An instrument that produces sound by air being directed against a sharp edge. Typically, an edge-blown aerophone is mouth-blown by the performer.
With a fipple instrument such as a duct flute, the performers breath is directed through a mouthpiece into a duct (often called the windway) where the bottom portion of the duct is referred to as a fipple. The air then flows across a sharp edge (often called the labium), where the air column is split. Half of the air is directed outside of the instrument and the other half continues down the instrument. The air being split is what produces the sound (or "whistle"). The unique quality of the sound of a specific instrument is due to its body, which acts as a resonant cavity. The size of the body responds to specific frequencies in the whistle sound. The change of the size of the body by opening or closing finger holes along the body of the instrument results in the change of pitch.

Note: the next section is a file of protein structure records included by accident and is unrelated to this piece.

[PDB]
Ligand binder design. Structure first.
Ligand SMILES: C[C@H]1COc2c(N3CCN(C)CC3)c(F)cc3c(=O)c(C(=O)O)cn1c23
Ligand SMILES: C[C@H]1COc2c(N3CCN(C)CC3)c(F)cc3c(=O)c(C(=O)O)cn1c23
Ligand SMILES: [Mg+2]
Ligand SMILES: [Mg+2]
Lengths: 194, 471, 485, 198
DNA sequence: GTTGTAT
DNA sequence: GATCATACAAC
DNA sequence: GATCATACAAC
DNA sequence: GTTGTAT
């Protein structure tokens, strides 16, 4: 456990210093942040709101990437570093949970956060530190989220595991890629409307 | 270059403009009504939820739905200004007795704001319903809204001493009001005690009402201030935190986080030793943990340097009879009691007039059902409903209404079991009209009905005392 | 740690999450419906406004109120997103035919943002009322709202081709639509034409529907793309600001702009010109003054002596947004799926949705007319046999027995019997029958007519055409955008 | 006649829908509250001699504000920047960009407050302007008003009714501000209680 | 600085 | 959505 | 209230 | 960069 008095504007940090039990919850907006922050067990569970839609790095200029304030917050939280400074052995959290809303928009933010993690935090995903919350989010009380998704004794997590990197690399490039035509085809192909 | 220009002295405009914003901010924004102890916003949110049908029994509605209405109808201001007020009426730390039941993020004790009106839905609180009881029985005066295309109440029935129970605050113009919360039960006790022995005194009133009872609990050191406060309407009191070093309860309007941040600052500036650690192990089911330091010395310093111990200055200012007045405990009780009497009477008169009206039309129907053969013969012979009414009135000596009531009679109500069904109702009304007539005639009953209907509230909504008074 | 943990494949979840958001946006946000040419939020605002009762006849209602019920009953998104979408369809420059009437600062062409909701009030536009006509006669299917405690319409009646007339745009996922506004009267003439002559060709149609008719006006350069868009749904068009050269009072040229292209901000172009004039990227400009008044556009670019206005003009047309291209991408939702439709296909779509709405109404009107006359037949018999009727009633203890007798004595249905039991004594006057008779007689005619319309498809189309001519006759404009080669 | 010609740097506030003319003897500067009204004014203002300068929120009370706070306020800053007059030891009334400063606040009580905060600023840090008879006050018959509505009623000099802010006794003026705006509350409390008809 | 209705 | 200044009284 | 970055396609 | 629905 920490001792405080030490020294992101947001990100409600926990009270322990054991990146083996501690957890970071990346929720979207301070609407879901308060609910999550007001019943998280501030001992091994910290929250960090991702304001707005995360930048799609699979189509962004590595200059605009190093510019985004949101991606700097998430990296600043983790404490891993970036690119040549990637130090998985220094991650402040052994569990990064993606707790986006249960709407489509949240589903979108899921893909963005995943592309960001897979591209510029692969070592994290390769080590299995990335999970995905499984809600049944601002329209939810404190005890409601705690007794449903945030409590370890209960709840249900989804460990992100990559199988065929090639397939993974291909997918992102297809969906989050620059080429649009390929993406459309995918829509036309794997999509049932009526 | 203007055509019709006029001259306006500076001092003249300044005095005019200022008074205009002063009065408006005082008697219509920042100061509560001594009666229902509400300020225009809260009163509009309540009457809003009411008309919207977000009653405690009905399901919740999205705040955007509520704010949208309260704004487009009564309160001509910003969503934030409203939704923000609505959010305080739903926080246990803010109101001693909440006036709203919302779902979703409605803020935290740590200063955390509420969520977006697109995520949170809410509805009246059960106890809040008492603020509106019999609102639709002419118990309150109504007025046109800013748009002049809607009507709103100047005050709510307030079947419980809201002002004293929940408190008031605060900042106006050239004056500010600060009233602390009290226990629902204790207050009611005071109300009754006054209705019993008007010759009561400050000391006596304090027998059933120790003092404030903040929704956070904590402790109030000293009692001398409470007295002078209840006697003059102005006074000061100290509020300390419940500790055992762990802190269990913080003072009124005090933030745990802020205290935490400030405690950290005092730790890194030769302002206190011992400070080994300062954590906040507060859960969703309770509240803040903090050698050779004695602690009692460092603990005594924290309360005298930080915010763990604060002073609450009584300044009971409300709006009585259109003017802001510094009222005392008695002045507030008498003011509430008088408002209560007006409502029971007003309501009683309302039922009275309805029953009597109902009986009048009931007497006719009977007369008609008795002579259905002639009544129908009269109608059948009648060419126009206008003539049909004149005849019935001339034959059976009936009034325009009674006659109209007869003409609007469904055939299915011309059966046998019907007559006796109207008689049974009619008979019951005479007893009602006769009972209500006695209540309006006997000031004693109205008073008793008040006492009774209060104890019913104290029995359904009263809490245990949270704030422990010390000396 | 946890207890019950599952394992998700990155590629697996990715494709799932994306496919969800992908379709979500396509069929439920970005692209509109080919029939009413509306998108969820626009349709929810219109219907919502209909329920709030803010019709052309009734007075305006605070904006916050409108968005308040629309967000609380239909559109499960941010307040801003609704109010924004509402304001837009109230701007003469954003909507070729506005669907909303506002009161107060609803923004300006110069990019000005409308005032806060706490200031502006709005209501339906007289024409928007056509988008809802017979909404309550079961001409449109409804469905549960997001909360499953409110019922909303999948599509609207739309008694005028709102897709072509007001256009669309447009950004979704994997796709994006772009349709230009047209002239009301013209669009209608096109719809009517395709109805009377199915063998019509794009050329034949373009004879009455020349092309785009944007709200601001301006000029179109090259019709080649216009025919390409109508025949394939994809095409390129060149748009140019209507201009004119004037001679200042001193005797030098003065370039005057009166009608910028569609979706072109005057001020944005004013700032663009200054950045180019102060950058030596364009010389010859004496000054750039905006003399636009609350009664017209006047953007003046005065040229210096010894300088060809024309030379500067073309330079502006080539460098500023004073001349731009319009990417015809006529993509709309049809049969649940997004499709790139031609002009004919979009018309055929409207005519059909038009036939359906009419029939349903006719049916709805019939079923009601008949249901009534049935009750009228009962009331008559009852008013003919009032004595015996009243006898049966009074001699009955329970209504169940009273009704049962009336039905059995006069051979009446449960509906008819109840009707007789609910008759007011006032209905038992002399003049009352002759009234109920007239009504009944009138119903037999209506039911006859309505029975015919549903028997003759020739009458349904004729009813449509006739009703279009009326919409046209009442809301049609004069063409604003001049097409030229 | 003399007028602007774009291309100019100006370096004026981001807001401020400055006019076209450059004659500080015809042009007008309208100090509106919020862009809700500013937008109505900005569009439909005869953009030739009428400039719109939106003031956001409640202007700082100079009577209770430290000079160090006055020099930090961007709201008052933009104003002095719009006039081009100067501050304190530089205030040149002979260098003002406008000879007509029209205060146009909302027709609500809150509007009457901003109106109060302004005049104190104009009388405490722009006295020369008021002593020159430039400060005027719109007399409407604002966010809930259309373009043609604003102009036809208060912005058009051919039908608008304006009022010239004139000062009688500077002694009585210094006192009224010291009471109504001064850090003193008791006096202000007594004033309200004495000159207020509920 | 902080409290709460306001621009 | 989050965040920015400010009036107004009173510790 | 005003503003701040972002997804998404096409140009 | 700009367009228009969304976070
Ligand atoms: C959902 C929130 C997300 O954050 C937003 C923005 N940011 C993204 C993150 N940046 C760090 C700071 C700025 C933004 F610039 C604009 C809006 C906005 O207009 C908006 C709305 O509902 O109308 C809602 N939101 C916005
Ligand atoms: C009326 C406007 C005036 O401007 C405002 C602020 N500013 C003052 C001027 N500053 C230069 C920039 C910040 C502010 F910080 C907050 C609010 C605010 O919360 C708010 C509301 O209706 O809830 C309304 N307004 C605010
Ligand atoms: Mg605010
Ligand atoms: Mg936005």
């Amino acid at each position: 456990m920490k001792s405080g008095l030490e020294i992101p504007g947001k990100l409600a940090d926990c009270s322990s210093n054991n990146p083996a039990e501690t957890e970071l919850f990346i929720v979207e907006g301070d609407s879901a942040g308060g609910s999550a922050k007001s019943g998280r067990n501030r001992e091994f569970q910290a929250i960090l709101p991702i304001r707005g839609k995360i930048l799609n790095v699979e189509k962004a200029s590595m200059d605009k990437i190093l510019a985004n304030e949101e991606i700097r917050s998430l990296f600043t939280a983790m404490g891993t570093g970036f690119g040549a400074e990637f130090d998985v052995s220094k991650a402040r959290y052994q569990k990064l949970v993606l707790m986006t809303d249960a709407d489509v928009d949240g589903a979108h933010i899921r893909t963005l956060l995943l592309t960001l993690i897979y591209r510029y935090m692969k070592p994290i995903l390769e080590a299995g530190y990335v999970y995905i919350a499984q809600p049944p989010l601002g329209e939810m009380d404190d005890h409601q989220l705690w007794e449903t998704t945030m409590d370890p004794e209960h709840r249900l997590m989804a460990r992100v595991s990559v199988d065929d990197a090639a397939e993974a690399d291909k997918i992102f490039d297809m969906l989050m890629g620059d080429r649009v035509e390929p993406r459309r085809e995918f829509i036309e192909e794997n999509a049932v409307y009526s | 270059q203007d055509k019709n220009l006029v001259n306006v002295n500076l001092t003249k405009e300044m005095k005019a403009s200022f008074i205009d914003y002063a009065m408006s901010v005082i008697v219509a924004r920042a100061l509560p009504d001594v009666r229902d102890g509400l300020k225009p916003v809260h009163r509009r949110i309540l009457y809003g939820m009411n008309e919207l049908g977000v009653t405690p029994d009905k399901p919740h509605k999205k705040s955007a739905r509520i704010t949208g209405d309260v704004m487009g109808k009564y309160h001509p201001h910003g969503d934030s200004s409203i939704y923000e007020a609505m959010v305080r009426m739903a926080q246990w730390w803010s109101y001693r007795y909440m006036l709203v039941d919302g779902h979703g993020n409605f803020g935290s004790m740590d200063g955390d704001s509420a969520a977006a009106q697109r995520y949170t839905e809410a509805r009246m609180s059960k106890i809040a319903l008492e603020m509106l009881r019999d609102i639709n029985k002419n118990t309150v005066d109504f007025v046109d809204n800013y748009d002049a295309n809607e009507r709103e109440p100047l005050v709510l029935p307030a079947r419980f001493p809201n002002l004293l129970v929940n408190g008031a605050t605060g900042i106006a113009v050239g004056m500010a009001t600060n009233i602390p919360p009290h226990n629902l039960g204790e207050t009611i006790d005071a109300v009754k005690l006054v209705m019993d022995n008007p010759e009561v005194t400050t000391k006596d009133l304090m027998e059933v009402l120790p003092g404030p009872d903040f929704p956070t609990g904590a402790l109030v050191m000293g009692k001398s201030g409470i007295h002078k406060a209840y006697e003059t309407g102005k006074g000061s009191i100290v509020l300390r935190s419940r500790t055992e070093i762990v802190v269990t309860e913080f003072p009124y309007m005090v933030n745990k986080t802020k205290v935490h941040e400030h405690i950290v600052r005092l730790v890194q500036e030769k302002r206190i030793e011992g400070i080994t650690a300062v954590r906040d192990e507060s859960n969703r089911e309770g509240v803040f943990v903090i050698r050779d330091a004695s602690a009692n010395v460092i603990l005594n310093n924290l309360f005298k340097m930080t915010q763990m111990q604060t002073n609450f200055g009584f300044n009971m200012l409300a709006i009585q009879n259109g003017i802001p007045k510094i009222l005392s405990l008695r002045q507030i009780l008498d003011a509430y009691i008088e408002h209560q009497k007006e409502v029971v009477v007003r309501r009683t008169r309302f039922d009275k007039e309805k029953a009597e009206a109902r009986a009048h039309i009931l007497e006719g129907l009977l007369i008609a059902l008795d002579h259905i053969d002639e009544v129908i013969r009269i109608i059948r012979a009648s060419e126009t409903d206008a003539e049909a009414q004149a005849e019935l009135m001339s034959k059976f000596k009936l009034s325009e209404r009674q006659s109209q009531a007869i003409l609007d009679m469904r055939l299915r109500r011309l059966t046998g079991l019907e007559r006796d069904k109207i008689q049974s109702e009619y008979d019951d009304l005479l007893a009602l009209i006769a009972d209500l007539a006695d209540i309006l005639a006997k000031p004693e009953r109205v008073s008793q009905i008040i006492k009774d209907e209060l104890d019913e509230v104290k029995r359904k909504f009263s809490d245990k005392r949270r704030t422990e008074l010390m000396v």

Since the windway is created in a fixed position with respect to the labium, fipple instruments can make a good musical sound without the kind of embouchure required with other edge-blown instruments such as the flute. Experience and practice is still required to make a professional-sounding tone.
Fipple Instruments (Duct Flutes)
|Slide whistle||Penny Whistle|